Background Chlamydia trachomatis is the most common reportable infection in Australia. Since 2006, the Royal Australian and New Zealand College of Obstetricians and Gynaecologists (RANZCOG) have recommended chlamydia screening in pregnant women aged <25 years. Aims To assess clinical uptake and policy integration of the 2006 RANZCOG recommendation on chlamydia testing in pregnant women aged <25 years. Methods A mixed method approach was used involving a literature review, a survey of obstetricians and gynaecologists, and survey of hospital managers from April 2010 to May 2010. Results Of the 1644 participating RANZCOG Fellows, Trainees, and Diplomates, 21.2% reported universal screening for pregnant women <25 years (25% of primary care clinicians, 23% of those working in the public hospital sector, 16% of those working in both public and private hospitals, and 13% of those in private hospitals or private practice). There was a strong association between members who agreed with the guideline and offering universal screening to pregnant women aged <25 years (adjusted odds ratio = 17.1, 95% CI: 6.0-49.2, P < 0.01). Of the 143 participating hospital managers who completed the hospital policy questionnaire; 20% reported that their hospital had a formal screening guideline. There were two national and four state/local policy documents recommending chlamydia screening in pregnancy. Conclusions This study shows low uptake of chlamydia screening of young pregnant women by RANZCOG Fellows, Trainees, and Diplomates involved in antenatal care and highlights the need for national clinical leadership regarding screening for chlamydia among pregnant women aged <25 years.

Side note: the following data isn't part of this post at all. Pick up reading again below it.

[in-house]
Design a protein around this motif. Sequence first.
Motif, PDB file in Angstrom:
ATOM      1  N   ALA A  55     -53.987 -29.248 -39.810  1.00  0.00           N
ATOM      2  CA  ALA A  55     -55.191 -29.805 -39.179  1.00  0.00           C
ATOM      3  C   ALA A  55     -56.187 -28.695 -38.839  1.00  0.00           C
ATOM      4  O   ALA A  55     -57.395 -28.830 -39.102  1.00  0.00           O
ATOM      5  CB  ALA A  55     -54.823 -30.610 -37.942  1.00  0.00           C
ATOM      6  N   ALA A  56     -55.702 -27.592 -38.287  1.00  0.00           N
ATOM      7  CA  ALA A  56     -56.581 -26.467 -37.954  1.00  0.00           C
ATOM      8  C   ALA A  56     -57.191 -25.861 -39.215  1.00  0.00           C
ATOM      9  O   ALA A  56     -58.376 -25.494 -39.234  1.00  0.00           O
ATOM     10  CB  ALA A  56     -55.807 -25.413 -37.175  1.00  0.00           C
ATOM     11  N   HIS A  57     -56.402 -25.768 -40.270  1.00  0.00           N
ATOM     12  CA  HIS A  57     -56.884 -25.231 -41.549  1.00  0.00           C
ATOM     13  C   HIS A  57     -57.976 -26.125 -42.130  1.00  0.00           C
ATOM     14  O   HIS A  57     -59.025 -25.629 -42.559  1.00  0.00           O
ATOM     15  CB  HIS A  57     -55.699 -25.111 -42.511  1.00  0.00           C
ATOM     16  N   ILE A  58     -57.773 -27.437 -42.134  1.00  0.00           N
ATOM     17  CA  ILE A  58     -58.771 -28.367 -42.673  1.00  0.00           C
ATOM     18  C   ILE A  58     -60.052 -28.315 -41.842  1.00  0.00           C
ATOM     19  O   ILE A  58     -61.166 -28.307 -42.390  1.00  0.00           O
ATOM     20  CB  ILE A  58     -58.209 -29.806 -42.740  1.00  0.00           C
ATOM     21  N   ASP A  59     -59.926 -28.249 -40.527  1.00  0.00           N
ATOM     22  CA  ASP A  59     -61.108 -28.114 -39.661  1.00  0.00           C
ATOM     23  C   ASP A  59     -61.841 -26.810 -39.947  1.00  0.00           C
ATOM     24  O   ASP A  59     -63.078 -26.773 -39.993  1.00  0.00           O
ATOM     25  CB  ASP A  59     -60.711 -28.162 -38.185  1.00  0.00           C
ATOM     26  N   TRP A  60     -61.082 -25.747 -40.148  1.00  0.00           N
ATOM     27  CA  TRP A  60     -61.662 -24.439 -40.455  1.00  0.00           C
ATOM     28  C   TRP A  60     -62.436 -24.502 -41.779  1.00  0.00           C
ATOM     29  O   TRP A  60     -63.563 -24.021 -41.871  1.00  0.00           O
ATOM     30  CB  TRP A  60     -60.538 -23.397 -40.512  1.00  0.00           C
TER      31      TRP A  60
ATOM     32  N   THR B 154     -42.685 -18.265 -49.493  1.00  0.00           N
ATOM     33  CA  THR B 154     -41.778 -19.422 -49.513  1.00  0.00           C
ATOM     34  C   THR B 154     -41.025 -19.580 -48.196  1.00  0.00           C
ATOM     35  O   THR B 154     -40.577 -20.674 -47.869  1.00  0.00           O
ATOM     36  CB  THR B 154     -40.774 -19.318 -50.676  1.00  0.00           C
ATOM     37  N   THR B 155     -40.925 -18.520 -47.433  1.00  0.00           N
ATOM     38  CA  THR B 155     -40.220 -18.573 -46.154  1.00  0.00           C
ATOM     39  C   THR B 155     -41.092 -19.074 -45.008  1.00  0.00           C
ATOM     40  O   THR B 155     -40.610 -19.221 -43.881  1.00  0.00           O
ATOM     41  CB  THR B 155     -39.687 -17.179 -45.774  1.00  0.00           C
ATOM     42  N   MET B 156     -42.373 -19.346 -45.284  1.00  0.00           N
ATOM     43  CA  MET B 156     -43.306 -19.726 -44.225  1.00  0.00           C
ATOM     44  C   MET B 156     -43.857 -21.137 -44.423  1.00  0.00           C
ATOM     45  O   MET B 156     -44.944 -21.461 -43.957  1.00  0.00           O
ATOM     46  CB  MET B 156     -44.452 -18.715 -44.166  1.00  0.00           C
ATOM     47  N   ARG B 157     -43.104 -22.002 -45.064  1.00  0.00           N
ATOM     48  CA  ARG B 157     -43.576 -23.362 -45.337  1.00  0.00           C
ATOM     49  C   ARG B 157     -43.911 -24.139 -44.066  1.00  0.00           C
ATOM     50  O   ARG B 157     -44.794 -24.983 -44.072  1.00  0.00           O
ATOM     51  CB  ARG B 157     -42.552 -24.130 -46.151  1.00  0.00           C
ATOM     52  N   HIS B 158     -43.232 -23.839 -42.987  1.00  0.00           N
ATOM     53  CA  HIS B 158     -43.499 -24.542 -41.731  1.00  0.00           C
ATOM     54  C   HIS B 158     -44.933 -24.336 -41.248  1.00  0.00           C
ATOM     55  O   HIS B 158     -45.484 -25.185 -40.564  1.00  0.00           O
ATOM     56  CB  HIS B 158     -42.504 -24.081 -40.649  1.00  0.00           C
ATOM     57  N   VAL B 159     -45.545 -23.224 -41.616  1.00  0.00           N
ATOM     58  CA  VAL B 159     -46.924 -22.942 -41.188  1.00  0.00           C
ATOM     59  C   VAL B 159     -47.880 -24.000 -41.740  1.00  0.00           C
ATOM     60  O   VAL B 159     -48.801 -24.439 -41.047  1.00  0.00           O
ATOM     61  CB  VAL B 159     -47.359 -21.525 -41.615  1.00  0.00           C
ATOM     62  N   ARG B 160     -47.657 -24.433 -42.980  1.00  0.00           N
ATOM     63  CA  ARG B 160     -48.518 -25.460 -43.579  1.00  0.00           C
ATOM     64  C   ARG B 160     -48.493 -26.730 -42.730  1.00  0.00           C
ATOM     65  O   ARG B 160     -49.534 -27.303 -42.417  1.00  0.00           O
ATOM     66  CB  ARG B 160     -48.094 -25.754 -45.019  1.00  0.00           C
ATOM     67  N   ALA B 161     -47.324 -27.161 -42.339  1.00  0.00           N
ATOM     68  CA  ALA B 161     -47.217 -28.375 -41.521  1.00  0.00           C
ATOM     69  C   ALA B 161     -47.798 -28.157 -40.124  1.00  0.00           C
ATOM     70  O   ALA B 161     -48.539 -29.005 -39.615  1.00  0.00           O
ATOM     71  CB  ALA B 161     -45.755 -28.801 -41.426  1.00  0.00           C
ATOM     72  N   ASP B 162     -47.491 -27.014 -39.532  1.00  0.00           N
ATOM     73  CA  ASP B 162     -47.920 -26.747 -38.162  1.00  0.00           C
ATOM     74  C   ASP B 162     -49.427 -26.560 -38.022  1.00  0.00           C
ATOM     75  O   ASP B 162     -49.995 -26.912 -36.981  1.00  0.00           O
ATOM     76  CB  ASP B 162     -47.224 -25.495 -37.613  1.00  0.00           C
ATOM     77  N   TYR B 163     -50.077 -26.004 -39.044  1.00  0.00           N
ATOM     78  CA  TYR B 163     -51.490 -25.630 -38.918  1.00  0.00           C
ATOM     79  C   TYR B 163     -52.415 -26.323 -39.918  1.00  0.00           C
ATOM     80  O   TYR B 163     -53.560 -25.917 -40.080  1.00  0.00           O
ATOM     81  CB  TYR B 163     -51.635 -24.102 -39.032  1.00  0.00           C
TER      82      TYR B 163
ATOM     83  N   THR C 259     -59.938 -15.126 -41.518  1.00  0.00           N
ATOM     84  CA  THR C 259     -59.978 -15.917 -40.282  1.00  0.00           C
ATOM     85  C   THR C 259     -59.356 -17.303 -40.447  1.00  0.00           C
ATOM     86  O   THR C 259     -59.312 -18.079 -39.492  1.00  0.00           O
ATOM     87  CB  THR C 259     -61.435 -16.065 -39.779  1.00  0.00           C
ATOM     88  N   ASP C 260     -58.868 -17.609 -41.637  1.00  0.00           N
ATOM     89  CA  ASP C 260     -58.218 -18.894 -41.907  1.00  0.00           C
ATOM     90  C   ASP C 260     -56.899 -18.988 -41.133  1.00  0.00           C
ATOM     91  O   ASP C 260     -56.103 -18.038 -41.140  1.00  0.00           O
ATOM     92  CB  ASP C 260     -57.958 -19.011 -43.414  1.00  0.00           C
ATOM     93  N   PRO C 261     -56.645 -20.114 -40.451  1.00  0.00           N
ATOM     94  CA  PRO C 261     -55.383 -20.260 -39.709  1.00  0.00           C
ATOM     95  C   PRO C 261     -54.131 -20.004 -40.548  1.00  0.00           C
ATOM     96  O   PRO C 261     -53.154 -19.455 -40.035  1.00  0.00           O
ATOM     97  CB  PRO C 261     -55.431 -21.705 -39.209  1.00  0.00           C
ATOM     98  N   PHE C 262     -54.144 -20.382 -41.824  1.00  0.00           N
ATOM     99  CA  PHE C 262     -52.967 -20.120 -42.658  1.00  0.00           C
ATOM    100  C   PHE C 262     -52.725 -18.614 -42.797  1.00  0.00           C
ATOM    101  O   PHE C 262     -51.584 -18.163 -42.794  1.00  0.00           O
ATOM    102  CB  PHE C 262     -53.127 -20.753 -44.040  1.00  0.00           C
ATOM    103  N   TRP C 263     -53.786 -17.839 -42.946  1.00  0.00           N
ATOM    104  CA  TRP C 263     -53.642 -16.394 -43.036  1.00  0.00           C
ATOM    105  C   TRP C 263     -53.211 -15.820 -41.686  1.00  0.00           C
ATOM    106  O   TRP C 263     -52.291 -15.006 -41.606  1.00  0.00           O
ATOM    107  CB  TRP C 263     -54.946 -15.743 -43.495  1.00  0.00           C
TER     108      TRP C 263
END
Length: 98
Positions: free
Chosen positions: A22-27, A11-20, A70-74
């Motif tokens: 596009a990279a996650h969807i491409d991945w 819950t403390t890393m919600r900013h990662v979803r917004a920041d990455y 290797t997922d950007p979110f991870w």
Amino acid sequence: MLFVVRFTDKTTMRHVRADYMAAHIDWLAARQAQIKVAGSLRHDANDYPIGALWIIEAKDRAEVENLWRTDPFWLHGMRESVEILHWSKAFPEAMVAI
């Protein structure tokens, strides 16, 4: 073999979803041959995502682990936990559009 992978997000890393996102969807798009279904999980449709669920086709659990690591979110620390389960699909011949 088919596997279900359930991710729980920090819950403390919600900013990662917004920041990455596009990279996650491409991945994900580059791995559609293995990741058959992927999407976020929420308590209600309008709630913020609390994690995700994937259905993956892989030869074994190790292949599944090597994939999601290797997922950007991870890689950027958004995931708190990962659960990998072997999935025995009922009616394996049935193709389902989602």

|Number of pages||9|
|Journal||Australian and New Zealand Journal of Obstetrics and Gynaecology|
|Publication status||Published - 1 Aug 2013|
- antenatal screening
- Chlamydia trachomatis
- perinatal care